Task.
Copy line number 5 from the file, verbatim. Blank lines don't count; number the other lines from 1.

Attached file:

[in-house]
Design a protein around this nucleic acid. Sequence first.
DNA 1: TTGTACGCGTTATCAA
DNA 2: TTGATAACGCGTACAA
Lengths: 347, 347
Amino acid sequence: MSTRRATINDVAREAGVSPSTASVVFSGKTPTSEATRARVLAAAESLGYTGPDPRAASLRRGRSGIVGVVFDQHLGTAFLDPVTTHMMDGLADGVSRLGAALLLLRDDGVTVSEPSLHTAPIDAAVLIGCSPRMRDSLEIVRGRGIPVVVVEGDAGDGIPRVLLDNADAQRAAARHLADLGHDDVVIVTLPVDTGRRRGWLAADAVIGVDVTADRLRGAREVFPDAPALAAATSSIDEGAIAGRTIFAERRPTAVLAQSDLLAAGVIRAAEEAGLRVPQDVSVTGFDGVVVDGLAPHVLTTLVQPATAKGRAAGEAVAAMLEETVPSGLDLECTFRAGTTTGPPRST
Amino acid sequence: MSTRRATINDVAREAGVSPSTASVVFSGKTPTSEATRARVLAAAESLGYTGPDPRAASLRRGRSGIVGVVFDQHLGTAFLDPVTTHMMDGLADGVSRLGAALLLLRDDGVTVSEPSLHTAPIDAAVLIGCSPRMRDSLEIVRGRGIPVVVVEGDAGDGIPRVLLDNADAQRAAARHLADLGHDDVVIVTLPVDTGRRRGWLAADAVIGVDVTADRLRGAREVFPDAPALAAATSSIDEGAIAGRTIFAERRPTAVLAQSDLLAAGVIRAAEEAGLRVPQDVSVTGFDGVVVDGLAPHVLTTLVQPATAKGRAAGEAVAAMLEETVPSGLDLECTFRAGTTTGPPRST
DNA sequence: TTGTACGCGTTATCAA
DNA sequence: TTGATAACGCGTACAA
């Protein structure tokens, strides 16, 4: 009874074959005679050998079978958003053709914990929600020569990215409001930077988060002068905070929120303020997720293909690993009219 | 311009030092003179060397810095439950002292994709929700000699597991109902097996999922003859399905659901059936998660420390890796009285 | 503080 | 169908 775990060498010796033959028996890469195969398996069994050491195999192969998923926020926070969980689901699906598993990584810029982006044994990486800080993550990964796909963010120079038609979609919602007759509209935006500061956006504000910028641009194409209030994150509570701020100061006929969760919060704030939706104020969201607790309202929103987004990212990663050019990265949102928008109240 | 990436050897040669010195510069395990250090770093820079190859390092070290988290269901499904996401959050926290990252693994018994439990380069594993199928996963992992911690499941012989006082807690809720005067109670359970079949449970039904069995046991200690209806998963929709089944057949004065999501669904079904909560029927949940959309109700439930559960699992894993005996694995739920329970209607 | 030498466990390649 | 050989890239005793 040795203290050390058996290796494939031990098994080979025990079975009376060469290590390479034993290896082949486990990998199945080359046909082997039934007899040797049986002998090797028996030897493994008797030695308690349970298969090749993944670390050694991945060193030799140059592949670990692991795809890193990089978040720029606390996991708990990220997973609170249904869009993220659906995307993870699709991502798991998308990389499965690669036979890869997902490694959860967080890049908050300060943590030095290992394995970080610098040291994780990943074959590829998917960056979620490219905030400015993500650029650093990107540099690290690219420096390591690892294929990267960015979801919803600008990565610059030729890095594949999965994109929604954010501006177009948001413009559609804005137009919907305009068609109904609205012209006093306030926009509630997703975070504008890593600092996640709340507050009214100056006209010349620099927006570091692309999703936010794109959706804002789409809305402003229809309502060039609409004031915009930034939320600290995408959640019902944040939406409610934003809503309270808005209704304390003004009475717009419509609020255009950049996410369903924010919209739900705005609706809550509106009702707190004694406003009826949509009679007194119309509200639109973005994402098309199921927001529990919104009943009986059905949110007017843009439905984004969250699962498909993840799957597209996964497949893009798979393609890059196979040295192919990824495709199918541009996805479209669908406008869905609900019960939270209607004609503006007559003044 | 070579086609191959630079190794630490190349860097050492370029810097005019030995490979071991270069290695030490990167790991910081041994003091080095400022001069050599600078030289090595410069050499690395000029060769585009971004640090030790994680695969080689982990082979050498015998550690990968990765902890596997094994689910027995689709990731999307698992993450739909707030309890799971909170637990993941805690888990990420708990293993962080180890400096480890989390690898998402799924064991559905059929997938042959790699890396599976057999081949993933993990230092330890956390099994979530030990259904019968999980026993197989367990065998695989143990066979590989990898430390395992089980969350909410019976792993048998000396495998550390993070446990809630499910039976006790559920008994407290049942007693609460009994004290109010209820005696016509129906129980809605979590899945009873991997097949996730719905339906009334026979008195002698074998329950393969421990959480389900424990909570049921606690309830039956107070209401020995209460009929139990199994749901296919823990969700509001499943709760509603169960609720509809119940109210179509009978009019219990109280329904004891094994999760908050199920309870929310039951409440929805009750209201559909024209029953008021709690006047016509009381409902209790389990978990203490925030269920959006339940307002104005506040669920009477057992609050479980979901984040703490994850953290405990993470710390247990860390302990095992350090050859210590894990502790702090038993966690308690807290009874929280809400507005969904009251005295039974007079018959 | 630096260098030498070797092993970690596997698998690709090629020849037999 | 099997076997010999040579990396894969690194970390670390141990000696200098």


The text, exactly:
Lengths: 347, 347